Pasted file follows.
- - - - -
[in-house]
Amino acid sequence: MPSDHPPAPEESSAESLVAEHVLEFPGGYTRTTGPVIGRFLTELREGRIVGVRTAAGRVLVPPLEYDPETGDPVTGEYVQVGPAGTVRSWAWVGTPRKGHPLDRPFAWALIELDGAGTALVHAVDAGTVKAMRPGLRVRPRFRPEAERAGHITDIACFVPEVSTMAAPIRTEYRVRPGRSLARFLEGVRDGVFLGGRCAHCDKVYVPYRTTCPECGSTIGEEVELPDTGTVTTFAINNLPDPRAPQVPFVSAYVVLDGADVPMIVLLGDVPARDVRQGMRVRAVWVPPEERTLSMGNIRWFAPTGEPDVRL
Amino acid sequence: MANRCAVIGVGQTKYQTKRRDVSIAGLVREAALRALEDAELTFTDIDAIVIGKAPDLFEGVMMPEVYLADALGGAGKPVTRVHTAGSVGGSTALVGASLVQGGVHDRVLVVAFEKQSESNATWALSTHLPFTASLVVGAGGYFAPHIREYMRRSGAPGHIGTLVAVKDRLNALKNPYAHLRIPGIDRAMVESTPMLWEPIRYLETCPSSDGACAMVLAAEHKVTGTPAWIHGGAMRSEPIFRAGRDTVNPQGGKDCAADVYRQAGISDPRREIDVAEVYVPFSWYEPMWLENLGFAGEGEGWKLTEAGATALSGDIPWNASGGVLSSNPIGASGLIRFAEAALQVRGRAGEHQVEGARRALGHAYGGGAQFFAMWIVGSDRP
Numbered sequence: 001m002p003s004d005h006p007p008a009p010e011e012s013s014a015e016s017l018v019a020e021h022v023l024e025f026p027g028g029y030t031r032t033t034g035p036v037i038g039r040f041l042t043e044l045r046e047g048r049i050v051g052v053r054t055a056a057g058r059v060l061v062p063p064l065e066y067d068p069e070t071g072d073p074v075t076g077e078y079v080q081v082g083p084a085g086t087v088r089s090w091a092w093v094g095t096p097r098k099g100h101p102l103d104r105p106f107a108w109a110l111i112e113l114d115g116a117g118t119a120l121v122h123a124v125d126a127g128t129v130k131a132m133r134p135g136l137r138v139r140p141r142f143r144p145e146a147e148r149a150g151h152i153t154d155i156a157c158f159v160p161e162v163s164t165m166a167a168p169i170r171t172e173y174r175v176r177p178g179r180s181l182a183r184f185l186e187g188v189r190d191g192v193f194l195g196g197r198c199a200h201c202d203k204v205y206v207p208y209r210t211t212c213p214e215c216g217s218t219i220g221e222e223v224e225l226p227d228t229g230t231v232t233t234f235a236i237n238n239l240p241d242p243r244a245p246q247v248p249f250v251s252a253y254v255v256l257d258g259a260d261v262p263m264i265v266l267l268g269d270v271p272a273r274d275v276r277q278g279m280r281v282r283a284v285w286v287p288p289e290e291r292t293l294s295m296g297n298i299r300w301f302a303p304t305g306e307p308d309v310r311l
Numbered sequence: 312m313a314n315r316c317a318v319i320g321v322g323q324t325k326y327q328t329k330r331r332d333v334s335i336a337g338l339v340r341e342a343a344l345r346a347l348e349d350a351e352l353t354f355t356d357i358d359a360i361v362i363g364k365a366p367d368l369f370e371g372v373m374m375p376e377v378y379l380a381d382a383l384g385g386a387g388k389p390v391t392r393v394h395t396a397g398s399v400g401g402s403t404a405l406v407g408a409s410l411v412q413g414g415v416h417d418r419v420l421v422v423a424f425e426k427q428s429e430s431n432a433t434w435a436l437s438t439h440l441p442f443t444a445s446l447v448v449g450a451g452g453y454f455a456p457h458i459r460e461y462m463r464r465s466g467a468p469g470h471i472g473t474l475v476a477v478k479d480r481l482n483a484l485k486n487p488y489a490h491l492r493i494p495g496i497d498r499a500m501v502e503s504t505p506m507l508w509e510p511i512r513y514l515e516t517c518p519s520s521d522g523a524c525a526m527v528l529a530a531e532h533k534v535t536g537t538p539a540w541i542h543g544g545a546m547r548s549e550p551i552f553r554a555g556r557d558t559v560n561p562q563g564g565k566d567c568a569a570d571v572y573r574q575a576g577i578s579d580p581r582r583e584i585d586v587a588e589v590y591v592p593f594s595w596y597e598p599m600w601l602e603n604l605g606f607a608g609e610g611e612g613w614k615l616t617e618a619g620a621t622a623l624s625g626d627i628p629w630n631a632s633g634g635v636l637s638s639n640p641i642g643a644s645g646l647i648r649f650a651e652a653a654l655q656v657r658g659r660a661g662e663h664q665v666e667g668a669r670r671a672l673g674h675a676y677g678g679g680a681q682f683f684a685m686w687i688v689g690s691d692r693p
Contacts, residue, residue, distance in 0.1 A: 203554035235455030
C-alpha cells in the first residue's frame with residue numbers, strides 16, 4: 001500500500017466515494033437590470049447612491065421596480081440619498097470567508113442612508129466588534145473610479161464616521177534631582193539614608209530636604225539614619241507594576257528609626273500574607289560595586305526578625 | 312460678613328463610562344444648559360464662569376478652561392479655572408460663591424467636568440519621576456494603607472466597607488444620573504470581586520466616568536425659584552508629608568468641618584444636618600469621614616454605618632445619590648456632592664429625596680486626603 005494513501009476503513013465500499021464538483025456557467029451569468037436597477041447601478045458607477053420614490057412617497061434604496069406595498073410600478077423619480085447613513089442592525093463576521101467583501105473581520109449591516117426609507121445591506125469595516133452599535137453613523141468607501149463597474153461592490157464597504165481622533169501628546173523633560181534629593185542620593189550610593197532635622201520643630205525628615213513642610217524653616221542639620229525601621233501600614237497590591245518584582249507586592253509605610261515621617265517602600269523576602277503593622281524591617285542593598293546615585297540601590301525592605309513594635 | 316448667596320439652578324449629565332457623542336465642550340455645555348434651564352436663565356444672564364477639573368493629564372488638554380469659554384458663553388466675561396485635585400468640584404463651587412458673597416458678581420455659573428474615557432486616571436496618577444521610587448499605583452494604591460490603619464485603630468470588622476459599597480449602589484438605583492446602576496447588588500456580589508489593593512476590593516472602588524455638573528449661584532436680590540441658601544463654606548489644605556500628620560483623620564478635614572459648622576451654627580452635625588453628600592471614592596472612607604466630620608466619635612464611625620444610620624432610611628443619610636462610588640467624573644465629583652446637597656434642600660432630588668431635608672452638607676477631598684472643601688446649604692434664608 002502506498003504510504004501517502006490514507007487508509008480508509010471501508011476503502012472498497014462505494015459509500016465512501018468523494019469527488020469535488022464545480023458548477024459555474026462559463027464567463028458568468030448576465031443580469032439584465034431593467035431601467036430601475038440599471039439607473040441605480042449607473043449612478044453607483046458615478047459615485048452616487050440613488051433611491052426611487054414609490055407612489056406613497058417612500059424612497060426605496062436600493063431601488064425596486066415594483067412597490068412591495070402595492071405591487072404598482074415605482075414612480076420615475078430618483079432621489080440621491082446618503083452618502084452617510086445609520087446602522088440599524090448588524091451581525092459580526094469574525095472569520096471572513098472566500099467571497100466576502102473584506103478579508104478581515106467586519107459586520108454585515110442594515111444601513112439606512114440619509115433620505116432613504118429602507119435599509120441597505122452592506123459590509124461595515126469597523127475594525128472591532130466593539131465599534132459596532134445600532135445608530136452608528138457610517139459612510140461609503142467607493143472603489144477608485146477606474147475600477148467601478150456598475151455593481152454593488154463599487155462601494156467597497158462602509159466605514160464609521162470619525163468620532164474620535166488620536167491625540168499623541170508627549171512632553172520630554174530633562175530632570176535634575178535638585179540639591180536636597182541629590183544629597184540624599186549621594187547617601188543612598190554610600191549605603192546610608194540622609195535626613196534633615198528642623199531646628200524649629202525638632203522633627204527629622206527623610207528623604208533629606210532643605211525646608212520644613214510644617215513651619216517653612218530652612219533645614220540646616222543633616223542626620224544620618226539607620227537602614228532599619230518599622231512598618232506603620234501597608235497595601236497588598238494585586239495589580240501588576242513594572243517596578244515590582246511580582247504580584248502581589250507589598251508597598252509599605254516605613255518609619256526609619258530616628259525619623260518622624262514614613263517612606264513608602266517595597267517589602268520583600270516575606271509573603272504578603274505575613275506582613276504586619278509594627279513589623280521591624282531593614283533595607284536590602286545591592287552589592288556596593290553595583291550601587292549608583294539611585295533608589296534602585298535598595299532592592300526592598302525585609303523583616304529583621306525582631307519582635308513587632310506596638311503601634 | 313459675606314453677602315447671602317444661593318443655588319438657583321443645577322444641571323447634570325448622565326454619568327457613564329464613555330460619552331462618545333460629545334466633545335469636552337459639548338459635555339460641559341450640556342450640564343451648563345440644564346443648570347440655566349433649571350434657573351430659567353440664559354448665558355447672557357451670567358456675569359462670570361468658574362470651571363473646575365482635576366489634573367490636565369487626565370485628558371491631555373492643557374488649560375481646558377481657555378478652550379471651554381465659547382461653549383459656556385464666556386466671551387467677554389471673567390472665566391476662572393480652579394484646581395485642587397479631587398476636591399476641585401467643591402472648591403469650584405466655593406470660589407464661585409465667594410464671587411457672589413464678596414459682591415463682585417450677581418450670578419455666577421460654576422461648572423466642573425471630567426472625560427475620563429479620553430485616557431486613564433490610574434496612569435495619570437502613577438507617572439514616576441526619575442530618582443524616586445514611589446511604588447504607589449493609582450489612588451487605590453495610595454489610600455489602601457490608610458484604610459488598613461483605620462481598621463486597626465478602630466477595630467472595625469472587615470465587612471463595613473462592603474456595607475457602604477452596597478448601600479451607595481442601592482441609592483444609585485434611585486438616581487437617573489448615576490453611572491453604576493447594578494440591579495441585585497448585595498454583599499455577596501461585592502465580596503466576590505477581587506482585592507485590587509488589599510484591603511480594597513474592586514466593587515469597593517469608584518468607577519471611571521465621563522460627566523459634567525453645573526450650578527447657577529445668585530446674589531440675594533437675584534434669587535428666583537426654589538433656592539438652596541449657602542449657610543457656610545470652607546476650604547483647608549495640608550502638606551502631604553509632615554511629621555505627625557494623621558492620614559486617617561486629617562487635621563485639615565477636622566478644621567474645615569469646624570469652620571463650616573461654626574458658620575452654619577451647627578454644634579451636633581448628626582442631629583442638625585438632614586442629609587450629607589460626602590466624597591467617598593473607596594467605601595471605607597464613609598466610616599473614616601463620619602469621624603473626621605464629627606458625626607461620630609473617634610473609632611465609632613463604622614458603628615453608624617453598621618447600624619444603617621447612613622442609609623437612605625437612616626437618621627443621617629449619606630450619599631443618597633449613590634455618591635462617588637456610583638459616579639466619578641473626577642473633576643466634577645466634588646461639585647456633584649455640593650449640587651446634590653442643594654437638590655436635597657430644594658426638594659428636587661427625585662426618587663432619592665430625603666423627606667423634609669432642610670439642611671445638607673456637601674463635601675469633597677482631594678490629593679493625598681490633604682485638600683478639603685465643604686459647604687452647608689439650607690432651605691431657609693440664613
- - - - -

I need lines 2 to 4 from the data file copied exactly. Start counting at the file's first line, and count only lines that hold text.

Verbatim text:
Amino acid sequence: MPSDHPPAPEESSAESLVAEHVLEFPGGYTRTTGPVIGRFLTELREGRIVGVRTAAGRVLVPPLEYDPETGDPVTGEYVQVGPAGTVRSWAWVGTPRKGHPLDRPFAWALIELDGAGTALVHAVDAGTVKAMRPGLRVRPRFRPEAERAGHITDIACFVPEVSTMAAPIRTEYRVRPGRSLARFLEGVRDGVFLGGRCAHCDKVYVPYRTTCPECGSTIGEEVELPDTGTVTTFAINNLPDPRAPQVPFVSAYVVLDGADVPMIVLLGDVPARDVRQGMRVRAVWVPPEERTLSMGNIRWFAPTGEPDVRL
Amino acid sequence: MANRCAVIGVGQTKYQTKRRDVSIAGLVREAALRALEDAELTFTDIDAIVIGKAPDLFEGVMMPEVYLADALGGAGKPVTRVHTAGSVGGSTALVGASLVQGGVHDRVLVVAFEKQSESNATWALSTHLPFTASLVVGAGGYFAPHIREYMRRSGAPGHIGTLVAVKDRLNALKNPYAHLRIPGIDRAMVESTPMLWEPIRYLETCPSSDGACAMVLAAEHKVTGTPAWIHGGAMRSEPIFRAGRDTVNPQGGKDCAADVYRQAGISDPRREIDVAEVYVPFSWYEPMWLENLGFAGEGEGWKLTEAGATALSGDIPWNASGGVLSSNPIGASGLIRFAEAALQVRGRAGEHQVEGARRALGHAYGGGAQFFAMWIVGSDRP
Numbered sequence: 001m002p003s004d005h006p007p008a009p010e011e012s013s014a015e016s017l018v019a020e021h022v023l024e025f026p027g028g029y030t031r032t033t034g035p036v037i038g039r040f041l042t043e044l045r046e047g048r049i050v051g052v053r054t055a056a057g058r059v060l061v062p063p064l065e066y067d068p069e070t071g072d073p074v075t076g077e078y079v080q081v082g083p084a085g086t087v088r089s090w091a092w093v094g095t096p097r098k099g100h101p102l103d104r105p106f107a108w109a110l111i112e113l114d115g116a117g118t119a120l121v122h123a124v125d126a127g128t129v130k131a132m133r134p135g136l137r138v139r140p141r142f143r144p145e146a147e148r149a150g151h152i153t154d155i156a157c158f159v160p161e162v163s164t165m166a167a168p169i170r171t172e173y174r175v176r177p178g179r180s181l182a183r184f185l186e187g188v189r190d191g192v193f194l195g196g197r198c199a200h201c202d203k204v205y206v207p208y209r210t211t212c213p214e215c216g217s218t219i220g221e222e223v224e225l226p227d228t229g230t231v232t233t234f235a236i237n238n239l240p241d242p243r244a245p246q247v248p249f250v251s252a253y254v255v256l257d258g259a260d261v262p263m264i265v266l267l268g269d270v271p272a273r274d275v276r277q278g279m280r281v282r283a284v285w286v287p288p289e290e291r292t293l294s295m296g297n298i299r300w301f302a303p304t305g306e307p308d309v310r311l